Pietà

Banishment of Sauron

While the army of Orcs on their way to Erebor, the people of Lake-town searching for refuge and the Dwarves hiding away inside the Lonely Mountain, Gandalf suffers in captivity in a cage in Dol Guldur. He had come to face the evil that had established itself in this Hill of Sorcery. However, he alone cannot win against the powers of Sauron. 

Together with Radagast, Gandalf chants an incantation in Quenya so as to summon help from other Guardians of Middle-Earth and help himself in the process. It is clear to him that he himself is not able to face the horrors that inhabit the cesspits of Dol Guldur. 

Torture of Gandalf

Orc: “Spells will not save you, old man. You have something my Master wants. Where is it? One of the three Elven Rings. The Ring of Fire! Where are the others?”

The Orc in this scene, was one of the prototypes created to be Azog. However, though menacing and towering, he did not possess the gravitas and individuality of the character of Azog the creative team needed. Nevertheless, they used him in this scene to clarify the possession of the three Rings of the Elves. 

Three Elven Rings

Originally the Three Rings of the Elves were kept by Elrond, Galadriel and Círdan, Lord of Mithlond. However, after the descent of the Istari, Círdan recognized Gandalf as the wisest of the five Wizards and entrusted him his Ring, Narya. Since in the two trilogies we have already met the Lothlórian Elves and the Rivendell Elves both of whom kept Vilya and Nanya Rings respectively, we were never told who kept the third Ring, until now. 

As the Orc finds Narya on Gandalf’s finger and moves in to cut off his finger, Nanya Ring appears in the shot with the hand of Lady Galadriel opening the gates to Dol Guldur. In this dark and ruinous space she shines like the star of Eärendil we saw reflected in the phial she gave to Frodo. 

Sauron is looking to augment his power by possessing every ring his servants can get their hands on. Since there is still no sign of the One Ring which is believed to be lost forever, his only hope of dominion over Middle-Earth is to gather as many as he can from the twenty that were forged. 

Pietà

Galadriel: “I come for Mithrandir and I will leave with him. If you try to stop me, I will destroy you.”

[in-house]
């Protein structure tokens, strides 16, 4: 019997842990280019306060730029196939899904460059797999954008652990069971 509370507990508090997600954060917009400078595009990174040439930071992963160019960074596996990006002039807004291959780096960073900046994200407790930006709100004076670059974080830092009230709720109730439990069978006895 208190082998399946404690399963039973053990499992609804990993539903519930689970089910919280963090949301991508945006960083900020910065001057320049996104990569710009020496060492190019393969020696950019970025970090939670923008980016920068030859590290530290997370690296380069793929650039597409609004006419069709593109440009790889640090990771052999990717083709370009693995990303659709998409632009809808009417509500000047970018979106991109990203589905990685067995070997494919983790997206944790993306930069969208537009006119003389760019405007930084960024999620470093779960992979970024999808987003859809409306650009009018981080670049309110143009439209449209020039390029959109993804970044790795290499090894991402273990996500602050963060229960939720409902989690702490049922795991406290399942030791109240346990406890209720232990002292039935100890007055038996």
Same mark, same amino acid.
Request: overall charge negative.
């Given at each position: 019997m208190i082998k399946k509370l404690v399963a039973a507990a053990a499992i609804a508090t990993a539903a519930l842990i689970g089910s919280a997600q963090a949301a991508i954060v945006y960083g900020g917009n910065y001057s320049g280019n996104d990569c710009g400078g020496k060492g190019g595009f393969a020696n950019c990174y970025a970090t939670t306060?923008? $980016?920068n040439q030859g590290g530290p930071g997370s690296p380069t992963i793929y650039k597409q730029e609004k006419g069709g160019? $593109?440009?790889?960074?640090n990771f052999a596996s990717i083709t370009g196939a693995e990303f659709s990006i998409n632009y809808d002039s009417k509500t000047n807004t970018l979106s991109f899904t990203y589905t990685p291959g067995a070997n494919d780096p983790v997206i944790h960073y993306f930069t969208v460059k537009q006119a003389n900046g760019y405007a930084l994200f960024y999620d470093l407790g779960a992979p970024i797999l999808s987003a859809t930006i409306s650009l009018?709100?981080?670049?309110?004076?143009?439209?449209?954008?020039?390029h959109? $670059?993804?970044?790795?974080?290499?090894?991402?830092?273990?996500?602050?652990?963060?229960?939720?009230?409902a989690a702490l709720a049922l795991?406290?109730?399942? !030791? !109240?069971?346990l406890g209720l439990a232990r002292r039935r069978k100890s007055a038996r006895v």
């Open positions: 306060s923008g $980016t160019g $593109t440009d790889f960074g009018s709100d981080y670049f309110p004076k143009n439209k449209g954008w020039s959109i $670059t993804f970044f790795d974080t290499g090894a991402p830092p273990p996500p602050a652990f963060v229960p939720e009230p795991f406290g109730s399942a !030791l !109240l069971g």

Clearly and concisely, Galadriel presents her case to the Orc of whom she is not afraid. Though she has told him what will befall him if he tries to go against her, he does not comply, and is thus destroyed by the flick of her hand. 

She carries Gandalf with her, whose power has waned so much that he has become unconscious. Where there is light and power for good, the evil will have the effect of sucking that power out of those who try to counter it. She lays him down on her lap under a statue holding a Palantír. 

Philippa Boyens, in keeping with the Christian faith that Professor Tolkien was devoted to, placed Galadriel and Gandalf in a pose similar to that of the Pietà sculpture by Michealangelo on display in Rome. Seeing it, brought her a great sense of sadness and sacrifice which she wanted to incorporate in this particular scene. 

The voice of Sauron

Sauron: “Three Rings for the Elven-kings under the sky, seven for the Dwarf-lords in their halls of stone…”

Galadriel: “…Nine for mortal Men doomed to die.” 

Sauron: “You cannot fight the shadow. Even now you fade. One light, alone in the darkness.” 

Galadriel: “I am not alone.” 

A voice is heard encircling her without a clear sense of direction. The voice of Sauron recollects the Rings of Power that were given to those in power at the moment of their creation. As Galadriel finishes Sauron’s monologue, the nine Men, known in the original trilogy as the Nazgûl surround her, giving her ample cause to fear.

The nine Men are not hiding under their black cloaks this time. Now, they are presented in their respective armor they donned when they ruled their people. They begin to close in on Galadriel when she announces that she has not come alone to fight the darkness.

Assistance

Saruman: “Are you in need of assistance, my lady?”

Elrond: “You should’ve stayed dead.” 

From out of the shadows, Saruman and Elrond step into the circle that now surrounds Galadriel. They too have been summoned for they need the strength of all the Guardians of Middle-Earth if they are to defeat the darkness. They both engage the Nazgûl in a fight of strength.

However, the Nine cannot be killed since they are neither alive nor dead. Whatever they do to them, they keep coming back. Nevertheless, if this is all they can contribute to defending the most powerful amongst them, then that is what they will do. 

The kiss of life